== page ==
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UPDATED - NEW VIDEO: Rallying for a diabetes cure in Washington, D.C.

Posted: July 13, 2009 10:53 p.m.
Updated: July 14, 2009 2:24 p.m.

President Barack Obama meets with 150 children and teenagers with Type 1 diabetes from across the United States.

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Skateboarding with friends or enjoying a cookies-and-cream frozen yogurt on a hot summer day is just a part of what Grey Monas, 11, does for fun.

But this Helmers Elementary School sixth-grader knows that summertime can also be a time to make a difference.

Monas, a Saugus resident, was one of 150 children with Type I Diabetes selected to be a United States delegate at the Juvenile Diabetes Research Foundation’s Children’s Congress 2009 on June 22-24 in Washington, D.C.

The Congress meets at the nation’s capital every two years to remind lawmakers and government officials of the critical need to find a cure for juvenile diabetes.

The sixth annual Congress meeting was the first Monas was invited to attend, and the event made an impression that will last a lifetime.

“It was really fun being there,” said Monas, who was diagnosed with Type 1 diabetes at 10 months old. “It was great to be around other kids who live with the disease every day like I do. I didn’t have to feel weird or different and I knew we were all there for the same reason.”

But the child delegates are not the only ones who know what it’s like to live with the disease.

Since its inception in the summer of 1999, the Children’s Congress has been led by the foundation’s chairwoman, Mary Tyler Moore, who has lived with Type 1 diabetes for the past 40 years.

Child delegates between the ages of 4 to 17 were selected throughout the United States to join Moore in congressional meetings and a hearing before the Senate Committee on Homeland Security and Governmental Affairs, where delegates, researchers and community and business leaders met to ask members of Congress to support an increase in federal funding for diabetes research.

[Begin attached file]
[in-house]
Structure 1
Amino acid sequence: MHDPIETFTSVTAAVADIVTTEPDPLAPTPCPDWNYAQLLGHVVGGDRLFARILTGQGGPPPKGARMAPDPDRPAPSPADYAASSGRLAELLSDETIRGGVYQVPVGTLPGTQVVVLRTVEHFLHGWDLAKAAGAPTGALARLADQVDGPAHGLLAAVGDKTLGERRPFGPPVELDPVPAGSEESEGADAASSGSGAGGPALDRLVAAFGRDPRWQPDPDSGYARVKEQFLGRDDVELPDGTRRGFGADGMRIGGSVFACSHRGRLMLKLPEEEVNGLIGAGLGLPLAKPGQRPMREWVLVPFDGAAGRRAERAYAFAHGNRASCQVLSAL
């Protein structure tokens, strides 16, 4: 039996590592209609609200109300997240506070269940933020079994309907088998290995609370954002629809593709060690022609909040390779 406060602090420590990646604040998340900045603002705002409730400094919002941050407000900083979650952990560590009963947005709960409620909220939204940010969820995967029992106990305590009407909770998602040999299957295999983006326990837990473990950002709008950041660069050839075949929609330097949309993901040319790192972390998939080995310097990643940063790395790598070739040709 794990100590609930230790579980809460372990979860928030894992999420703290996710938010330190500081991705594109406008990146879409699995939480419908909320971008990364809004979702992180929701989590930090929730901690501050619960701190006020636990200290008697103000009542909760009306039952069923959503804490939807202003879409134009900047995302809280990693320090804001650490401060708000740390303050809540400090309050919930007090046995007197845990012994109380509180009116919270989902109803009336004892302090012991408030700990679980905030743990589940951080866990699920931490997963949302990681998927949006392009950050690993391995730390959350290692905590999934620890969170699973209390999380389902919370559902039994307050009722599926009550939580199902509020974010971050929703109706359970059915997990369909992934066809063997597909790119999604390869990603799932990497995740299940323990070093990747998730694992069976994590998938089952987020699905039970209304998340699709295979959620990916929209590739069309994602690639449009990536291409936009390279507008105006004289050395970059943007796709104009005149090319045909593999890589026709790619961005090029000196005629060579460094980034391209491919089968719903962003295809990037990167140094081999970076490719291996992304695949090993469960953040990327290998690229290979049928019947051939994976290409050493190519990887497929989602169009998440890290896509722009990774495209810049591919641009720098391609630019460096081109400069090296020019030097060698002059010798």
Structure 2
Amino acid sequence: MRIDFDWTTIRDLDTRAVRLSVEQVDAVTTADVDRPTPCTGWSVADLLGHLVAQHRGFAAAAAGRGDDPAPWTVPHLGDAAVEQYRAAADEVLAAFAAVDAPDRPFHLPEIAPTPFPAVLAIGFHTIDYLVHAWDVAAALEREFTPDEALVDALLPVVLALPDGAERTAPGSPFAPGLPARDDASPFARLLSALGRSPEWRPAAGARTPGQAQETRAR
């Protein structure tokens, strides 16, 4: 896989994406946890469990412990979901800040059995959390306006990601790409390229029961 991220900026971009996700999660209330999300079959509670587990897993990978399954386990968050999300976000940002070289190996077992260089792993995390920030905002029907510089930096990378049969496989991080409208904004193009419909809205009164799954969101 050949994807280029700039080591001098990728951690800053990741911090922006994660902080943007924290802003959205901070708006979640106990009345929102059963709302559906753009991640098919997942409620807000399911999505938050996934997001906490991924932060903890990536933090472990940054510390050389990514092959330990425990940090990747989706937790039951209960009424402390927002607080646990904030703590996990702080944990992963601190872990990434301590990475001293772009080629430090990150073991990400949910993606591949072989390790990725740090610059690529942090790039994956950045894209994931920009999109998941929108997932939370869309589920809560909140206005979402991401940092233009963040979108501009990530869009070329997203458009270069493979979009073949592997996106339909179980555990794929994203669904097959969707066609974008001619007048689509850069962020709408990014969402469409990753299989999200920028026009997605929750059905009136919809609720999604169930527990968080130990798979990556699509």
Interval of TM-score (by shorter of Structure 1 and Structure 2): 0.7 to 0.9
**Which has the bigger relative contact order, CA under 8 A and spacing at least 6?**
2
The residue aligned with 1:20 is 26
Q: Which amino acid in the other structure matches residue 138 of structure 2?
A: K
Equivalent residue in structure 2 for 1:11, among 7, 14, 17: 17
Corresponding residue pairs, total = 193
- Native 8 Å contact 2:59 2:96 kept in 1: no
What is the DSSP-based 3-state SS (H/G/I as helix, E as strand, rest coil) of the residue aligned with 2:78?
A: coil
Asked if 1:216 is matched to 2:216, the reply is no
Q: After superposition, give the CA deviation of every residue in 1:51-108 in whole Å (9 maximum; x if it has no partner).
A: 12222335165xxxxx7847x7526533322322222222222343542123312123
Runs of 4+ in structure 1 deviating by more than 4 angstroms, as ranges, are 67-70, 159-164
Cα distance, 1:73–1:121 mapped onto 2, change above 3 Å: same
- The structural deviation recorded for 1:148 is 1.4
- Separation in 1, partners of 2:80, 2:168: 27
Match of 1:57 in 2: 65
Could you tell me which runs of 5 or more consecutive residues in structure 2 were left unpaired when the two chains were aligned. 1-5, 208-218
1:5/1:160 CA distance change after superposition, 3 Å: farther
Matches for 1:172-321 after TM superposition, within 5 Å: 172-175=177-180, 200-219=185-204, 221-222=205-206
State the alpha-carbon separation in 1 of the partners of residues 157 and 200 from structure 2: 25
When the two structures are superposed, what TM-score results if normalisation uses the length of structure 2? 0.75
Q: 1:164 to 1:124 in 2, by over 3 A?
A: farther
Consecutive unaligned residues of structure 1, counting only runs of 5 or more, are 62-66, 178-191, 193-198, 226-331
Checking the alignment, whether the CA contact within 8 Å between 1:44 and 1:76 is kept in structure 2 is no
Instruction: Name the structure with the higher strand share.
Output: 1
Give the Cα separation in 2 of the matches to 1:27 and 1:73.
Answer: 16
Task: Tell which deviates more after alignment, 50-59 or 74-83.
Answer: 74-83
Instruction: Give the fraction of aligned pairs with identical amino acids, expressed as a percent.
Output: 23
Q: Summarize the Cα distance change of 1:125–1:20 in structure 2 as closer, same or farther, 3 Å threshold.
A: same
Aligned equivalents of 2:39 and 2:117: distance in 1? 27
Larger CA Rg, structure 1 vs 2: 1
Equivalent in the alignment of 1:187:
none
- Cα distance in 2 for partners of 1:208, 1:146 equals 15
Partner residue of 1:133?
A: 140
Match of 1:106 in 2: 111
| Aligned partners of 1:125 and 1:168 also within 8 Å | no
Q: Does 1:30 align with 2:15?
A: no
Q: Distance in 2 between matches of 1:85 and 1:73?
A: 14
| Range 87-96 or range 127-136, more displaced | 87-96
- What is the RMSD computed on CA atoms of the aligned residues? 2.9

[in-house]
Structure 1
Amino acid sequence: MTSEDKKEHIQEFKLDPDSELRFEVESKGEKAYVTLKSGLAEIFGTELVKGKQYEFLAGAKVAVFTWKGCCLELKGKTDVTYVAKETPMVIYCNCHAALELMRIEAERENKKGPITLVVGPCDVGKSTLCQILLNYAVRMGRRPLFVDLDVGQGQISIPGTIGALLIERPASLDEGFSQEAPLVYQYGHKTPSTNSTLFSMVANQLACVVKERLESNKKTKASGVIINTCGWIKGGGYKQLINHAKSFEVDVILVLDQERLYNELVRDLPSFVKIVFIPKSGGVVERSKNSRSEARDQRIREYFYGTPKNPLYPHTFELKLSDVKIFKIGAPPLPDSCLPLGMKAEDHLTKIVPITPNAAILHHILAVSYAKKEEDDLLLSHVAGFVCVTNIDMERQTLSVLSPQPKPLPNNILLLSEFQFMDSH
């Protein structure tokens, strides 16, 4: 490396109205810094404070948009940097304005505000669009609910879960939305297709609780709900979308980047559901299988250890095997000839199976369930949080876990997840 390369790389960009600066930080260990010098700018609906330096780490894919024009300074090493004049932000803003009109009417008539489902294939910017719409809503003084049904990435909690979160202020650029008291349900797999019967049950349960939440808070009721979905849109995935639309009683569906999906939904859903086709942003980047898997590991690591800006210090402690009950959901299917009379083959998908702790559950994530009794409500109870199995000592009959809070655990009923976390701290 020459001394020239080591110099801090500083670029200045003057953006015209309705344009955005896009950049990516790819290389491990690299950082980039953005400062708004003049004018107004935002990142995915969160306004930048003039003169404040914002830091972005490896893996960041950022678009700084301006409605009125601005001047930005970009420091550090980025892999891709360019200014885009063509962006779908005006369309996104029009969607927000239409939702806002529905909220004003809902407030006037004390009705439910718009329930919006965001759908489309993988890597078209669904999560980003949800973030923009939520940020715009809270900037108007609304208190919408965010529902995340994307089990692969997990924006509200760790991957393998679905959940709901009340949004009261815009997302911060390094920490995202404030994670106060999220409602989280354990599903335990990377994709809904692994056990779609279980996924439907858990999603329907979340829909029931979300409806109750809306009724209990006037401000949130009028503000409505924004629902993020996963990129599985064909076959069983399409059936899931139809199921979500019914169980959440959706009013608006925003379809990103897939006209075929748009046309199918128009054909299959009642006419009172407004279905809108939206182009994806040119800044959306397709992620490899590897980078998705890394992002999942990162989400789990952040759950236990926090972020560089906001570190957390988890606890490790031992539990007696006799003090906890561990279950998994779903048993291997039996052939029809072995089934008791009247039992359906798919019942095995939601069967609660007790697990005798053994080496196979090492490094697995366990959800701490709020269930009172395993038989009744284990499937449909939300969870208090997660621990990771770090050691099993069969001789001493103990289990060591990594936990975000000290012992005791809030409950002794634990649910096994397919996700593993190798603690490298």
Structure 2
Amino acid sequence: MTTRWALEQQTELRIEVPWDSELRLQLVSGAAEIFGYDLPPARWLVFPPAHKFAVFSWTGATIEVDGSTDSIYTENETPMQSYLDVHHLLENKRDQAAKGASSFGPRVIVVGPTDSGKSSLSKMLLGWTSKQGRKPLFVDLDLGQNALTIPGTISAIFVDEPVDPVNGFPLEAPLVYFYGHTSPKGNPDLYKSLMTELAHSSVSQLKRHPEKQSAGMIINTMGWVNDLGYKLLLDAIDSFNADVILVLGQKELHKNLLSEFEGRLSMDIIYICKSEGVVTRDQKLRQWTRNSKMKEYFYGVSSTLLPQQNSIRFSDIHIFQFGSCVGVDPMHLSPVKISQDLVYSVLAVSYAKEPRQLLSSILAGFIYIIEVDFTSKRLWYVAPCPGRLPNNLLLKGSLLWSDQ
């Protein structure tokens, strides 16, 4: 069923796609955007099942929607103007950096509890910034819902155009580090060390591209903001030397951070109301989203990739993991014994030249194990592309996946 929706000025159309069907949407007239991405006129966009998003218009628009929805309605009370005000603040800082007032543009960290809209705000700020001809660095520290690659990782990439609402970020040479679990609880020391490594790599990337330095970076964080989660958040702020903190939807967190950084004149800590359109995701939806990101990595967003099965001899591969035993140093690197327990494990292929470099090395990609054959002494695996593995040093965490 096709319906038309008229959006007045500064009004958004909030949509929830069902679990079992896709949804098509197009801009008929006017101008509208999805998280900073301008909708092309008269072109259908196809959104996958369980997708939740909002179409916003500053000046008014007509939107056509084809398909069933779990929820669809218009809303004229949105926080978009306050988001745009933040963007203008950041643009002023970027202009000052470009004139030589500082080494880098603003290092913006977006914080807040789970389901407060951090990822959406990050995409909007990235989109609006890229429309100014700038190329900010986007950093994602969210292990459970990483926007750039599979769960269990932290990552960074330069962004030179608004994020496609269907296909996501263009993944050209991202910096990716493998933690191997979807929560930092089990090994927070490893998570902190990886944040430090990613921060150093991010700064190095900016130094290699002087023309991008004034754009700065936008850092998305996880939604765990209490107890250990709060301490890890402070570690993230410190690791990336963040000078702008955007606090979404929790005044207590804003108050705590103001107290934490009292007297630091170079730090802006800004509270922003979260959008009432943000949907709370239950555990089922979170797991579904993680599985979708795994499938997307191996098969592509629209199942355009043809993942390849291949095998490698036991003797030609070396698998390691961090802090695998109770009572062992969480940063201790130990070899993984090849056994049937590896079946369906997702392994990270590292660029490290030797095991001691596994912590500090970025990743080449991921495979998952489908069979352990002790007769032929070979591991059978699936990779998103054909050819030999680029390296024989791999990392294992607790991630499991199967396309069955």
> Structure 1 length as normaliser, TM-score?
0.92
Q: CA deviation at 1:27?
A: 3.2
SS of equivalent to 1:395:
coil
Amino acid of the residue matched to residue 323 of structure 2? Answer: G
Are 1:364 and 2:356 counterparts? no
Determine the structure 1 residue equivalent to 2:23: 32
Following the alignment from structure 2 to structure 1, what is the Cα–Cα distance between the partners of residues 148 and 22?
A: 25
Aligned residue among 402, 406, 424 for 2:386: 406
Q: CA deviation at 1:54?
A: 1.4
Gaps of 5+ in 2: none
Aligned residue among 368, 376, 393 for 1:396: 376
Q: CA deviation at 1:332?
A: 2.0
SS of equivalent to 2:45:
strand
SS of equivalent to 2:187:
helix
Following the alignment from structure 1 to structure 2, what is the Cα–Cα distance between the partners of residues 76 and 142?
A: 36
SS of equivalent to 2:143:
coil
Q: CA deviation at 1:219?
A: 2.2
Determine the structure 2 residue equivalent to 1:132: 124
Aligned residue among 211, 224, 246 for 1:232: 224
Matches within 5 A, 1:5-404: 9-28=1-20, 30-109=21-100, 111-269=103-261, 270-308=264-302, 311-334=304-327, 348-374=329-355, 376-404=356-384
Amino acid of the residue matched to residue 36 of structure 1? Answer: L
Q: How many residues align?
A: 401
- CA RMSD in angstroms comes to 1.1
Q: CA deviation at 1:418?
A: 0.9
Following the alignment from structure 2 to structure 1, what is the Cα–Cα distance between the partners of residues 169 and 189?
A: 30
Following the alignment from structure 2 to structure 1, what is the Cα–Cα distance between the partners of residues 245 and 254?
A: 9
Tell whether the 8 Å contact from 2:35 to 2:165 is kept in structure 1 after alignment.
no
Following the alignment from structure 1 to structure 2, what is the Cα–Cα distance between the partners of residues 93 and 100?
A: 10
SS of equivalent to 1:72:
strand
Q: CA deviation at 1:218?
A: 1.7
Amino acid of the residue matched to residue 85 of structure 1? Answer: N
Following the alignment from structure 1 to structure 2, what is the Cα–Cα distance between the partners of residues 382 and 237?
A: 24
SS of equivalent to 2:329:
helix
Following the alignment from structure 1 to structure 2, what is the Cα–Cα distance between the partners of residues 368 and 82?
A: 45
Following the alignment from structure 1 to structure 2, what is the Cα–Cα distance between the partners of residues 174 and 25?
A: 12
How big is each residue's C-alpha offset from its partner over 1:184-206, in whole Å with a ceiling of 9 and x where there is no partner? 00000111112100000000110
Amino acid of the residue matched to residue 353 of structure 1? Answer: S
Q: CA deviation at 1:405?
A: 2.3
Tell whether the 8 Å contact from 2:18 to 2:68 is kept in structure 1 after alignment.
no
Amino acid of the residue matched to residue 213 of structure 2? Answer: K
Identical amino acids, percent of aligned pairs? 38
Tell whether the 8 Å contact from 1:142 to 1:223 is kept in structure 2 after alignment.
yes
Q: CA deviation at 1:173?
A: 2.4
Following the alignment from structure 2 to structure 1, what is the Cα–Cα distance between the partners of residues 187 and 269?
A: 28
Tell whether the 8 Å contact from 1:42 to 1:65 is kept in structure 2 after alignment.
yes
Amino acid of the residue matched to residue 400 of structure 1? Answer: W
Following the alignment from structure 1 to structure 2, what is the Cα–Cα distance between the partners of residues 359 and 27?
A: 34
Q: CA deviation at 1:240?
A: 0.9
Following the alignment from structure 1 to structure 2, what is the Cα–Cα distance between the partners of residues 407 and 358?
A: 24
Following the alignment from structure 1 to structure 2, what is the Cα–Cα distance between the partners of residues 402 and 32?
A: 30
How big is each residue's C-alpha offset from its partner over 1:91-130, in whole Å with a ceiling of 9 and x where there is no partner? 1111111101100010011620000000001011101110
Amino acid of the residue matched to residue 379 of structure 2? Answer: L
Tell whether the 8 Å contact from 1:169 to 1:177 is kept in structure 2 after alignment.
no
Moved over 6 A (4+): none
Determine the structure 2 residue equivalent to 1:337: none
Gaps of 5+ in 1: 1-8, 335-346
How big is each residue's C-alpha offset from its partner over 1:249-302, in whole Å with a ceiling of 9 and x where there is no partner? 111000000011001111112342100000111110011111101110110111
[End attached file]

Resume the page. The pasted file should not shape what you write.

Dr. Griffin Rodgers, director of the National Institute of Diabetes and Digestive and Kidney Diseases, joined Moore and the child delegates in the Senate hearing, “Type 1 Diabetes Research: Real Progress and Real Hope for a Cure.”

“We know how important research is to finding a cure,” Monas said. “It’s not fun to have Type 1, but if we can get Congress to extend the funding for more research, then we may be able to live a better life.”

The foundation had its own plans for making sure that its plea for more research was heard loudly and clearly.

Monas and other child delegates with Type 1 sang the foundation’s theme song, “Promise to Remember Me,” in hopes to extend a plan for funding past the current program’s expiration date in 2011.

Other celebrities who supported the cause and stood in front of the Senate included Nick Jonas of the Jonas Brothers, as well as boxing legend and Olympic champion Sugar Ray Leonard.

“It was so cool to see all of these people coming out to support what we were doing,” Monas said. “It felt like we were really making a difference for the future of all of us and others who have the disease.”

Until a cure is found, Monas lives with Type 1 every day and knows the challenges that come with staying healthy.

“He’s so good about checking the nutritional value of the foods he eats and is always alert to what he needs to do to stay healthy,” said his mother, Linda Monas.

Linda Monas is proud of her son’s efforts to reach out to others who have the disease.

“It’s very inspirational and touching to see him getting involved like this,” Linda Monas said.

Along with Congressman Howard  P. “Buck” McKeon, other politicians Monas and the child delegates met included another political figure: President Barack Obama.

“This is when I knew it was a big deal,” Monas said.

The foundation is the largest grassroots advocacy event held in support of finding a cure for Type 1 diabetes and has provided more than $1 billion to diabetes research worldwide.

“It’s hard to live with this disease,” Monas said. “But if we continue to think positively, someday there may be a cure. We just have to keep trying.”


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